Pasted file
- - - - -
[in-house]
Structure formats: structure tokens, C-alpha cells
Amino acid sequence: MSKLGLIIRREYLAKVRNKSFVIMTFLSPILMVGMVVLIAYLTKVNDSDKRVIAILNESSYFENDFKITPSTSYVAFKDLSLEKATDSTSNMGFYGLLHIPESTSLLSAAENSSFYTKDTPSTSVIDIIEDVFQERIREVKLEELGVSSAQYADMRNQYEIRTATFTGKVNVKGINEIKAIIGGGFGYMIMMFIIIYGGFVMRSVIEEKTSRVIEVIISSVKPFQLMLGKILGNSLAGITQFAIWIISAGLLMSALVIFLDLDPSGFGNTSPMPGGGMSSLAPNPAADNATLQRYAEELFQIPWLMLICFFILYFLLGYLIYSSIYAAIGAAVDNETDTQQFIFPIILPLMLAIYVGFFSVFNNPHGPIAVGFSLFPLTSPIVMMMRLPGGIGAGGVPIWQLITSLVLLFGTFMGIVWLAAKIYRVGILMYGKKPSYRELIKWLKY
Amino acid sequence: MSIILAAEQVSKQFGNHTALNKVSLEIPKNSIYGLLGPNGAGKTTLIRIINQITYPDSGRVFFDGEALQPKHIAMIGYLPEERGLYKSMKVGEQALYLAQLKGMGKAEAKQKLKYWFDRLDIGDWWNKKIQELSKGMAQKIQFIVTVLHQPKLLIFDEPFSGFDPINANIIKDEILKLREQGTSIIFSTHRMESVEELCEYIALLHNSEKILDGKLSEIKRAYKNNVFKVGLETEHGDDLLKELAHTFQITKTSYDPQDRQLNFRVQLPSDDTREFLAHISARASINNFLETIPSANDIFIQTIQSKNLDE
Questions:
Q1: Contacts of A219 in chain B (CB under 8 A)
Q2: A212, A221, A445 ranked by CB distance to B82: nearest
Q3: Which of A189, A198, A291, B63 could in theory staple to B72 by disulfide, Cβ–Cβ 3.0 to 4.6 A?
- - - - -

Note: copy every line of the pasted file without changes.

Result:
[in-house]
Structure formats: structure tokens, C-alpha cells
Amino acid sequence: MSKLGLIIRREYLAKVRNKSFVIMTFLSPILMVGMVVLIAYLTKVNDSDKRVIAILNESSYFENDFKITPSTSYVAFKDLSLEKATDSTSNMGFYGLLHIPESTSLLSAAENSSFYTKDTPSTSVIDIIEDVFQERIREVKLEELGVSSAQYADMRNQYEIRTATFTGKVNVKGINEIKAIIGGGFGYMIMMFIIIYGGFVMRSVIEEKTSRVIEVIISSVKPFQLMLGKILGNSLAGITQFAIWIISAGLLMSALVIFLDLDPSGFGNTSPMPGGGMSSLAPNPAADNATLQRYAEELFQIPWLMLICFFILYFLLGYLIYSSIYAAIGAAVDNETDTQQFIFPIILPLMLAIYVGFFSVFNNPHGPIAVGFSLFPLTSPIVMMMRLPGGIGAGGVPIWQLITSLVLLFGTFMGIVWLAAKIYRVGILMYGKKPSYRELIKWLKY
Amino acid sequence: MSIILAAEQVSKQFGNHTALNKVSLEIPKNSIYGLLGPNGAGKTTLIRIINQITYPDSGRVFFDGEALQPKHIAMIGYLPEERGLYKSMKVGEQALYLAQLKGMGKAEAKQKLKYWFDRLDIGDWWNKKIQELSKGMAQKIQFIVTVLHQPKLLIFDEPFSGFDPINANIIKDEILKLREQGTSIIFSTHRMESVEELCEYIALLHNSEKILDGKLSEIKRAYKNNVFKVGLETEHGDDLLKELAHTFQITKTSYDPQDRQLNFRVQLPSDDTREFLAHISARASINNFLETIPSANDIFIQTIQSKNLDE
Questions:
Q1: Contacts of A219 in chain B (CB under 8 A)
Q2: A212, A221, A445 ranked by CB distance to B82: nearest
Q3: Which of A189, A198, A291, B63 could in theory staple to B72 by disulfide, Cβ–Cβ 3.0 to 4.6 A?